Electronics Repair (sci.electronics.repair) Discussion of repairing electronic equipment. Topics include requests for assistance, where to obtain servicing information and parts, techniques for diagnosis and repair, and annecdotes about success, failures and problems.

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On Thursday, 25 January 2018 04:58:09 UTC, rickman wrote:
tabbypurr wrote on 1/22/2018 4:21 PM:
On Monday, 22 January 2018 20:56:52 UTC, Terry Schwartz wrote:
At my last company, I spent the better part of my last 4 or 5 years dealing with water conductivity issues. We produced machines that electrolyzed water into base and acid components in order to produce cleaning chemicals.

snip
I'd be interested to find out about the production of the cleaning chemicals.


I can tell you it wasn't from electrolysis of water. That produces hydrogen
(H2) and oxygen (O2), not acid and base. Anything else would have to come
from additives to the water.


it's sal****er.

I'm curious when this was patented, if it was.


NT
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Apropos electrolysis and water, way back in the day in high-school, my chemistry teacher showed us how to make Hydrogen peroxide using electrolysis. It was crude and not very efficient, and wasteful of resources.

Today, not so much.

https://link.springer.com/article/10...A1017588221369

Under controlled conditions, other products are also possible. I suspect that is what Tennant was doing.

Side Note: This teacher partnered with several of the history teachers. He had us collect 'night soil' to make gunpowder when we were studying the Civil War, we had to learn the 'secret code' whereby one could identify an American anywhere, any time (this _was_ the 1960s, remember), and we had to learn the ten (10) reindeer. In any case, a lot of very basic and very useful chemistry and applied science has stuck with me over the years.

Peter Wieck
Melrose Park, PA
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Apparently anyone can be an expert on things they do not understand.


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On 1/25/18 8:06 AM, Terry Schwartz wrote:
Apparently anyone can be an expert on things they do not understand.


As Rickman and Oldschool constantly prove.


--
"I am a river to my people."
Jeff-1.0
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http:foxsmercantile.com
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On Thursday, January 25, 2018 at 12:15:30 AM UTC-8, wrote:
On Thursday, 25 January 2018 04:58:09 UTC, rickman wrote:
tabbypurr wrote on 1/22/2018 4:21 PM:
On Monday, 22 January 2018 20:56:52 UTC, Terry Schwartz wrote:
At my last company, I spent the better part of my last 4 or 5 years dealing with water conductivity issues. We produced machines that electrolyzed water into base and acid components in order to produce cleaning chemicals.


it's sal****er.

I'm curious when this was patented, if it was.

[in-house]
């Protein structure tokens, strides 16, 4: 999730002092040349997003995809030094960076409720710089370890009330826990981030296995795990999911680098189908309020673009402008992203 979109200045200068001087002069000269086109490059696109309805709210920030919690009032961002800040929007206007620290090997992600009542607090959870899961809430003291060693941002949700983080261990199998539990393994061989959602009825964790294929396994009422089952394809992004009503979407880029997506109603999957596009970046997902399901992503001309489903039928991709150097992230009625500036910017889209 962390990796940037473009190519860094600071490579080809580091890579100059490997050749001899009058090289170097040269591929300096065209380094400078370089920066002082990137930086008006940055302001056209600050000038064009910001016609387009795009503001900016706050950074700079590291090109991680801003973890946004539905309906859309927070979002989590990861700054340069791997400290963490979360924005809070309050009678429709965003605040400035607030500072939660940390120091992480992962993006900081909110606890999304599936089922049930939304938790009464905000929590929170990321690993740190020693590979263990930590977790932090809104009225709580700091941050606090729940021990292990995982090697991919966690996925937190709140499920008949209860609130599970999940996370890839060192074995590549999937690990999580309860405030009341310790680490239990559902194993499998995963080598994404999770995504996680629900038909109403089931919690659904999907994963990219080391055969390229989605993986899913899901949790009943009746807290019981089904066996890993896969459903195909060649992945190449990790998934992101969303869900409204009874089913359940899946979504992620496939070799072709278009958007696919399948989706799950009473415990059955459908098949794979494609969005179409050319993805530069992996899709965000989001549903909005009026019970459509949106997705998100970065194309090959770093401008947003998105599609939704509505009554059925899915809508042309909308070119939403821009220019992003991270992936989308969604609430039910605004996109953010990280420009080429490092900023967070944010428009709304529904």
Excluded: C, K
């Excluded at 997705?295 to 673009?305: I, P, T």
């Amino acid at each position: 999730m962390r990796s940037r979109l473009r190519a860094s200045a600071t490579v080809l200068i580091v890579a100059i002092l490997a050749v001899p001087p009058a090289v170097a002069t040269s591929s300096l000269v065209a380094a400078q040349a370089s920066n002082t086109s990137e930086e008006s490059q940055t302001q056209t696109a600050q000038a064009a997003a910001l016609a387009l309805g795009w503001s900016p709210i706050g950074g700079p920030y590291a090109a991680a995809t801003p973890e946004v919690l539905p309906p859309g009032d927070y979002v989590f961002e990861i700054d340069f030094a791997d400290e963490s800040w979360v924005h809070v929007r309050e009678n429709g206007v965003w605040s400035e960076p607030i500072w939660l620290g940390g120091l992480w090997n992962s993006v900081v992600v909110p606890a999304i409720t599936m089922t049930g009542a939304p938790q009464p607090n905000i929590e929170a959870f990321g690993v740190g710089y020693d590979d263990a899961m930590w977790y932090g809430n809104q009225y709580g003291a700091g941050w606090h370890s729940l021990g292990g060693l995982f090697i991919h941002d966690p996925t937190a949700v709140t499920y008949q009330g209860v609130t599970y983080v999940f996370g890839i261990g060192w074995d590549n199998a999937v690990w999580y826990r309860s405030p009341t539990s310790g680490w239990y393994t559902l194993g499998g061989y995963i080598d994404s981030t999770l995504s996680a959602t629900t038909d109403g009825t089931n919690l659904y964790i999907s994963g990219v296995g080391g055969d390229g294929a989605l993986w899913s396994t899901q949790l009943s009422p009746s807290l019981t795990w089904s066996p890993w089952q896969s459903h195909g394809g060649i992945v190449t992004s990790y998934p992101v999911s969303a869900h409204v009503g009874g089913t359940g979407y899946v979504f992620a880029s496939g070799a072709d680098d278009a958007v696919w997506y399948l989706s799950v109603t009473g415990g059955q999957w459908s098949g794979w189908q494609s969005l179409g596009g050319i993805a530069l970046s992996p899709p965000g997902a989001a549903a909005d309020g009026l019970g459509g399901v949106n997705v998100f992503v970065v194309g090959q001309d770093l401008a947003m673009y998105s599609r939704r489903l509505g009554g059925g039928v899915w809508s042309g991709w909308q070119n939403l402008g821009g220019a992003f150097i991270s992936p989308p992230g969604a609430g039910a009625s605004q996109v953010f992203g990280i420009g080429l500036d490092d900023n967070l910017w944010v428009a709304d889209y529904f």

It's where lye and chlorine bleach come from.
https://en.wikipedia.org/wiki/Chloralkali_process

and has been an industrial process since the 1890s. I'm sure there's bunches
of patents...
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On Thursday, 25 January 2018 13:11:51 UTC, rickman wrote:
tabbypurr wrote on 1/25/2018 3:15 AM:
On Thursday, 25 January 2018 04:58:09 UTC, rickman wrote:
tabbypurr wrote on 1/22/2018 4:21 PM:
On Monday, 22 January 2018 20:56:52 UTC, Terry Schwartz wrote:


At my last company, I spent the better part of my last 4 or 5 years dealing with water conductivity issues. We produced machines that electrolyzed water into base and acid components in order to produce cleaning chemicals.
snip
I'd be interested to find out about the production of the cleaning chemicals.

I can tell you it wasn't from electrolysis of water. That produces hydrogen
(H2) and oxygen (O2), not acid and base. Anything else would have to come
from additives to the water.


it's sal****er.


Not really. All water has contaminants. The water he has mentioned was
fresh water with more or less contaminants. Still, it wouldn't be described
as electrolysis of (salt)water if the interesting part was the contaminants.
It would be described as the interesting bits dissolved in water.


Are you trying to be stupid today?
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On Thursday, 25 January 2018 18:56:15 UTC, whit3rd wrote:
On Thursday, January 25, 2018 at 12:15:30 AM UTC-8, tabby wrote:
On Thursday, 25 January 2018 04:58:09 UTC, rickman wrote:
tabbypurr wrote on 1/22/2018 4:21 PM:
On Monday, 22 January 2018 20:56:52 UTC, Terry Schwartz wrote:


At my last company, I spent the better part of my last 4 or 5 years dealing with water conductivity issues. We produced machines that electrolyzed water into base and acid components in order to produce cleaning chemicals.


it's sal****er.

I'm curious when this was patented, if it was.


It's where lye and chlorine bleach come from.
https://en.wikipedia.org/wiki/Chloralkali_process

and has been an industrial process since the 1890s. I'm sure there's bunches
of patents...


thanks, I'd forgotten that.


NT
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On Thursday, January 25, 2018 at 11:30:48 AM UTC-5, Fox's Mercantile wrote:


As Rickman and Oldschool constantly prove.


Much as I hate to admit it, Oldschool does display actual curiosity, and some capacity for learning.

To the extent that I take any time at it at all, I still wonder if Ricky is any of these:

12 years old, or less. This would cover it all.
Deep into the spectrum. However, these sorts tend to be savants at something.
Really that ignorant, or just tweaking us.

Peter Wieck
Melrose Park, PA


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